A beautiful way to display summer's bounty. However (you knew that was coming ...), your tomatoes will last longer if you display them stem-end down. Stem-up, as displayed, will encourage rot at the base of the tomato.

One question for you: How on earth do you keep your table clear of all the detritus that collects, like mail, magazines, books that need to go to the library? What a gorgeous open space!

Apartment Therapy The Kitchn | Look! Tomatoes Make Good Centerpieces Too
8/26/08 01:33 AM

One of the things I love about my small house is that it doesn't have a dining room. Our kitchen is large enough to hold a table for eight people, so we always eat there, or out on our deck when the weather cooperates.

The only drawbacks are that you do need to work (very) clean when cooking for guests, and that you never have that nice big dining table to leave projects out on.

Apartment Therapy The Kitchn | The End of the Dining Room?
7/15/08 12:11 PM

I love tarragon butter (fresh tarragon only please!) - great on toasted bread with egg salad.

With seafood, I make a double coriander butter: minced cilantro and ground toasted coriander seeds with a squeeze of lemon.

Apartment Therapy The Kitchn | Summer Essential: Herb Butter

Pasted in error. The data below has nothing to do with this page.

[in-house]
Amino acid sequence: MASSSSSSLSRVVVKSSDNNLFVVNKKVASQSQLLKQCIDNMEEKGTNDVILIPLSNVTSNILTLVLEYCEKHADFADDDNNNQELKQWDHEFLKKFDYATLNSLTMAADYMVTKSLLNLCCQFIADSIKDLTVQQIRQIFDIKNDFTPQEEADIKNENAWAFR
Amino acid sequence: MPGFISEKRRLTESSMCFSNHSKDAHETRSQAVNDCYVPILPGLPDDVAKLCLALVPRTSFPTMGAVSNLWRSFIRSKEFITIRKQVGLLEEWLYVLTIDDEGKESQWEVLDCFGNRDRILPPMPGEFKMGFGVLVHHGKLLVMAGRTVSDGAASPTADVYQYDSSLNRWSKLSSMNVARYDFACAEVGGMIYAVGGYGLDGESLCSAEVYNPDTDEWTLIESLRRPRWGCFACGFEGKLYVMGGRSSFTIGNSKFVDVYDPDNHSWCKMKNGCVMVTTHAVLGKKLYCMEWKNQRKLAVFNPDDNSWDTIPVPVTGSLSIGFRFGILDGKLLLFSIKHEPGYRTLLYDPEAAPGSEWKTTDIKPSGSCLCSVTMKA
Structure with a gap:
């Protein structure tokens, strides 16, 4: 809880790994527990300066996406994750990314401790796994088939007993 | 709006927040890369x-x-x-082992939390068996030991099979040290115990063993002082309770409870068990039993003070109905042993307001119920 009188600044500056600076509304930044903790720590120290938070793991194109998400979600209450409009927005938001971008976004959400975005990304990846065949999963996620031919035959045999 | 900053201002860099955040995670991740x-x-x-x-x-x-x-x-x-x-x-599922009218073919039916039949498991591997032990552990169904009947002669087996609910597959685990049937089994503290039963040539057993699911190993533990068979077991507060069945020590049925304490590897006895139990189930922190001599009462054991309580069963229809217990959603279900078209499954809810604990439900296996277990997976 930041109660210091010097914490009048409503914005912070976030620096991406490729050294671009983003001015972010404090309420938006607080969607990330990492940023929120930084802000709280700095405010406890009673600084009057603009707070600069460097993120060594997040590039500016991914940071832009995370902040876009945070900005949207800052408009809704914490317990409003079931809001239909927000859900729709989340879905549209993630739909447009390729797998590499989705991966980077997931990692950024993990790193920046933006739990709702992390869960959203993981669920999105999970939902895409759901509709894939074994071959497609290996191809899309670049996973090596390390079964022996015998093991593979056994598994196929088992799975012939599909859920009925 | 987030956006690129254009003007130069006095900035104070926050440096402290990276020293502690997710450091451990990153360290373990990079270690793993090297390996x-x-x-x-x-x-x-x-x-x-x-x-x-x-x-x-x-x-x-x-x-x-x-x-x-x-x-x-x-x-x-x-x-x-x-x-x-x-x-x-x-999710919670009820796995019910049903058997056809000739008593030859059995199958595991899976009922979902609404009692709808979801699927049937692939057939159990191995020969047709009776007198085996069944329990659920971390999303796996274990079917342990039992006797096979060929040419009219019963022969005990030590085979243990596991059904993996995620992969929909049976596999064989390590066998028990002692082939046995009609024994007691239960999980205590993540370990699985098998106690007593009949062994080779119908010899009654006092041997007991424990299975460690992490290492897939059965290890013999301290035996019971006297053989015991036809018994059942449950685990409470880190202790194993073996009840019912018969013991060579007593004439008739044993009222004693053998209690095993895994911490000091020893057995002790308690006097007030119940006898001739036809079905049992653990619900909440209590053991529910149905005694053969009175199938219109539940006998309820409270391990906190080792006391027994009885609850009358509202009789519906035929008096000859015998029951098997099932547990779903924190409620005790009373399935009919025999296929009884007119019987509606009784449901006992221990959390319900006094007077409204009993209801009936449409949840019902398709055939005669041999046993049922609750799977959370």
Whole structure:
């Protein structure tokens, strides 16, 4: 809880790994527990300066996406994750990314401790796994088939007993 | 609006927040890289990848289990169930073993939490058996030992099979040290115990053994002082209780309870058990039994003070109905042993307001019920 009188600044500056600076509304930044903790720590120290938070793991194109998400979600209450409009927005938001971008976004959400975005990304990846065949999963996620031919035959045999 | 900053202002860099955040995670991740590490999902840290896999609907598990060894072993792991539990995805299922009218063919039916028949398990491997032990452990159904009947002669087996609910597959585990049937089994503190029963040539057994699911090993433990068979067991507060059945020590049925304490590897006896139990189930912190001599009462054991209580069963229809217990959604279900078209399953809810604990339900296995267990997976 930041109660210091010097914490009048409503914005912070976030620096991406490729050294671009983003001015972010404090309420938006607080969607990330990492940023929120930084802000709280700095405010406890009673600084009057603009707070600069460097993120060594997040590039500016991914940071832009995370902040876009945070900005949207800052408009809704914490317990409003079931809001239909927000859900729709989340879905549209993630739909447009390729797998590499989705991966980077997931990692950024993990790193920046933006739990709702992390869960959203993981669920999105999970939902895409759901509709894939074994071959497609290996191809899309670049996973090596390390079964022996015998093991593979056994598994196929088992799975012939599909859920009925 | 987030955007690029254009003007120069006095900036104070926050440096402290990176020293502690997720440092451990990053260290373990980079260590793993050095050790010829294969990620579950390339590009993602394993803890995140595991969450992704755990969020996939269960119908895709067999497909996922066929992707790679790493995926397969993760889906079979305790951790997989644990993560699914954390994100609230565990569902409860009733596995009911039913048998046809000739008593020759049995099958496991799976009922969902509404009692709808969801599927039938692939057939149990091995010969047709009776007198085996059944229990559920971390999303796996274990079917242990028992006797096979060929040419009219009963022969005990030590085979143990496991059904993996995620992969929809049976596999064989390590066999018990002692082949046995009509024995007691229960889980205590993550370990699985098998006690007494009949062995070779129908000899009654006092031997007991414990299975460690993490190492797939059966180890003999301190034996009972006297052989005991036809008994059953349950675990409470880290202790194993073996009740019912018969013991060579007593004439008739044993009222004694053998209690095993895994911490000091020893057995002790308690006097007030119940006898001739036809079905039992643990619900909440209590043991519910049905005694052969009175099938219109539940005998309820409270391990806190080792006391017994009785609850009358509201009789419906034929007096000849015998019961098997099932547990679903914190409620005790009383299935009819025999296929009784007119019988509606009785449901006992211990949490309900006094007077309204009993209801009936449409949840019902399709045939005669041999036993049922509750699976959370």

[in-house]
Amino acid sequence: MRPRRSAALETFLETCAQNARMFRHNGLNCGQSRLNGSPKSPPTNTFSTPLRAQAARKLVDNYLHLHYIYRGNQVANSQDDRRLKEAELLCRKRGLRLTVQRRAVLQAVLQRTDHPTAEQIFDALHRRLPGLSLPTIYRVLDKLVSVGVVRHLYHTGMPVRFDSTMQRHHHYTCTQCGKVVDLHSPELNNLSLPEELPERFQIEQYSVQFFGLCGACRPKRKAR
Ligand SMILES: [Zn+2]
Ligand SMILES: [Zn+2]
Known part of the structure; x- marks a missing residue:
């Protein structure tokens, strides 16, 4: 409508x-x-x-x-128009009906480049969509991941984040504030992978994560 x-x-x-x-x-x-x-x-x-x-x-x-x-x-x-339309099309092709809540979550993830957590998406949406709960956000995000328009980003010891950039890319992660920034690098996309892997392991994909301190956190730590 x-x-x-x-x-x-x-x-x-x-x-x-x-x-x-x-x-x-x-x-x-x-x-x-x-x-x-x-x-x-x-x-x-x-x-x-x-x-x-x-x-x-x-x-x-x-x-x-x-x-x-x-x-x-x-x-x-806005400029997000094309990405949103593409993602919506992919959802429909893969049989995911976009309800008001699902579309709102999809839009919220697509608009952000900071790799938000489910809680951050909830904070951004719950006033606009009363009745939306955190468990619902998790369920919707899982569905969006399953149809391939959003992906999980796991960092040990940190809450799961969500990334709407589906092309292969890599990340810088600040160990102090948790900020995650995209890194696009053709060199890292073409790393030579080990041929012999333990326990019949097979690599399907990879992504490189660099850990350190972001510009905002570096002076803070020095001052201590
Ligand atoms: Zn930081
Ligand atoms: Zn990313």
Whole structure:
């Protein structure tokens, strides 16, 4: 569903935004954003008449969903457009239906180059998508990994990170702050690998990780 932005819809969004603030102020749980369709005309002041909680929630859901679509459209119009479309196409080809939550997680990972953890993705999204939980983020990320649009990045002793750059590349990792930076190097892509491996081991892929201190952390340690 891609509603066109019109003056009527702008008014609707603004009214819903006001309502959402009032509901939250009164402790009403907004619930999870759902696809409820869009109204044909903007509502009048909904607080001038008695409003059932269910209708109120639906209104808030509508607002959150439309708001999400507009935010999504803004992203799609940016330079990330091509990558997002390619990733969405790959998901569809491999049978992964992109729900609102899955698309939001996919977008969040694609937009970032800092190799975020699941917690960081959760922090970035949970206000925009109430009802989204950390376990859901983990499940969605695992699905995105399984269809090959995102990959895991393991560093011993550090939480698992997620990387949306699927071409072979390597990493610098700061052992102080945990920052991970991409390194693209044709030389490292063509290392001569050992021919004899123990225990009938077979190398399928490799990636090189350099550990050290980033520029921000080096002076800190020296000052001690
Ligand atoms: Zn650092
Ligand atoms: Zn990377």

7/11/08 08:23 AM

I strongly recommend baskets without handles - I use grill grids, not baskets. If you use a gas grill, it is well near impossible to close the lid of the grill when you used a "handles" basket.

That said, I use them for grilling asparagus and mushrooms - it's so much easier to toss the veggies in than to skewer them. When they are done, you can just lift the whole grid off the heat (with potholders of course!).

Apartment Therapy The Kitchn | Grilling Tool: Grill Baskets for Vegetables
7/7/08 05:58 AM

@ Kathryn

Glad you like the post. One other item I forgot to mention: I always pack an extra napkin to use as a placemat - those tray tables can be *really* nasty. To keep things cheerful I use those super-fancy paper napkins with fun and beautiful patterns.

For water, I use Platypus bottles that I fill in the airport: they fold up flat when empty, so they don't take up any extra space when they aren't holding water.

Have a great trip!

Apartment Therapy The Kitchen | What Foods Can You Carry On The Plane?
4/16/08 02:10 PM

I consider packing food for a flight to be a lot of fun. I posted my tips for this task on my blog:

Obviously, the big no-nos: Nothing stinky, drippy, too oily ...

The things that people forget (and that can make your trip so much better):
Pack napkins and /or moist towelettes for cleanup.
Pack something for breakfast and/or snack - on a long flight you will be starving by the time you land and it can very disorienting to have to cure the munchies in an unfamiliar airport (I like cheddar and crackers and dried fruit for this).
Pack something for your neighbors - you don't have to share your whole meal, but you can make friends quickly if you share a square of chocolate, a cookie or a piece of fruit.

Apartment Therapy The Kitchen | What Foods Can You Carry On The Plane?
4/15/08 01:07 PM